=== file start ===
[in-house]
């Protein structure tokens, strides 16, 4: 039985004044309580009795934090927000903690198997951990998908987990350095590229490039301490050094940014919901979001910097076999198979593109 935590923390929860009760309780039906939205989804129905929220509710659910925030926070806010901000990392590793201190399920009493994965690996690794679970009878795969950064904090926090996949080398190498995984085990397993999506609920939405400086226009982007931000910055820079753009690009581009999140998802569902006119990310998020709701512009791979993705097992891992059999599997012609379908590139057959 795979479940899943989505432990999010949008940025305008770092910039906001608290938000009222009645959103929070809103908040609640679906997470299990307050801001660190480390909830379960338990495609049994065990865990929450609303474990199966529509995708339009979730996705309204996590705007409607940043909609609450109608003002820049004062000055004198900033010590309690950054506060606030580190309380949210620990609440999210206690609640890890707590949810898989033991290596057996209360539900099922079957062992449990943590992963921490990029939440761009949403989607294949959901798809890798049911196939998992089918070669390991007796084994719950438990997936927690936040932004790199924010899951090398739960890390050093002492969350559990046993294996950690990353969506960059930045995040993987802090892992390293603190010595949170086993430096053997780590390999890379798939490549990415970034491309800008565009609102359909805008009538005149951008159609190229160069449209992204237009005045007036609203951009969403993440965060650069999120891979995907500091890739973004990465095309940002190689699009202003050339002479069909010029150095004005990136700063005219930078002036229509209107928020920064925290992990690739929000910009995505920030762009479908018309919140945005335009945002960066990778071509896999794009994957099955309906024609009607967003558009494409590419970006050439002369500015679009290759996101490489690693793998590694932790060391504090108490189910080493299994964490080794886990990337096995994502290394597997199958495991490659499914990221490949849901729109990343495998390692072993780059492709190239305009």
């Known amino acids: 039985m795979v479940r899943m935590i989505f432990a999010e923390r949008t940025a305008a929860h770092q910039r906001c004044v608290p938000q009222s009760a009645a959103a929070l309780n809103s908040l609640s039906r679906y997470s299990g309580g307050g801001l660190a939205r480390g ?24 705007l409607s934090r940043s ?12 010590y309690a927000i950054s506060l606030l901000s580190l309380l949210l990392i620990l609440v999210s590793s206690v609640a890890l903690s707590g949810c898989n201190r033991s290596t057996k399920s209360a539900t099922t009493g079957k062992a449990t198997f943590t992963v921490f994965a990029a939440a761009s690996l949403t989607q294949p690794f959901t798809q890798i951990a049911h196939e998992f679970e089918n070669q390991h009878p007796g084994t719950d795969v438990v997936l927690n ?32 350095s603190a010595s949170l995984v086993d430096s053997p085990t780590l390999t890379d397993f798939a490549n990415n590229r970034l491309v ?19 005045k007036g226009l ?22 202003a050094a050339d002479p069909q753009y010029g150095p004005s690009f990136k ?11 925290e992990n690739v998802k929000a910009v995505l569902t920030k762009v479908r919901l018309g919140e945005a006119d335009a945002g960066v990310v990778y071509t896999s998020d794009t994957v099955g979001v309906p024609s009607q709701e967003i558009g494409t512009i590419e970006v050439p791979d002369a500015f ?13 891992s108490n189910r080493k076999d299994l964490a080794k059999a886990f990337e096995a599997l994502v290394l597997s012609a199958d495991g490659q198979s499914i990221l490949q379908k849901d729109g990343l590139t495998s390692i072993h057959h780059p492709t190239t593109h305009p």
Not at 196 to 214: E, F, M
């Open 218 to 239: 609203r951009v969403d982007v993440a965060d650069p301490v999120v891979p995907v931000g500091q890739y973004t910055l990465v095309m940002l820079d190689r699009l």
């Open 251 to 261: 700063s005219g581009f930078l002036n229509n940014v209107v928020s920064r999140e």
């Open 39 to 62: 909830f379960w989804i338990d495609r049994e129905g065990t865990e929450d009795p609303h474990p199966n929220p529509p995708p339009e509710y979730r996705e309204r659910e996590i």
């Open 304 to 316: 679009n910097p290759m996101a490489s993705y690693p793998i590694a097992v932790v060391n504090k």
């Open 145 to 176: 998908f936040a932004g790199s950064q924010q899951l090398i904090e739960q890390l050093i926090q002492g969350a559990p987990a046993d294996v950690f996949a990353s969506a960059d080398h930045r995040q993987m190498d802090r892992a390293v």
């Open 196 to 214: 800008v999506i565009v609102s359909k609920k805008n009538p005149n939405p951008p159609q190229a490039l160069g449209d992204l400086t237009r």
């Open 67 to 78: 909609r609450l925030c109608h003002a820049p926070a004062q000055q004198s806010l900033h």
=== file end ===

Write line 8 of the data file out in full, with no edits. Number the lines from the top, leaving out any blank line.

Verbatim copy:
């Open 304 to 316: 679009n910097p290759m996101a490489s993705y690693p793998i590694a097992v932790v060391n504090k």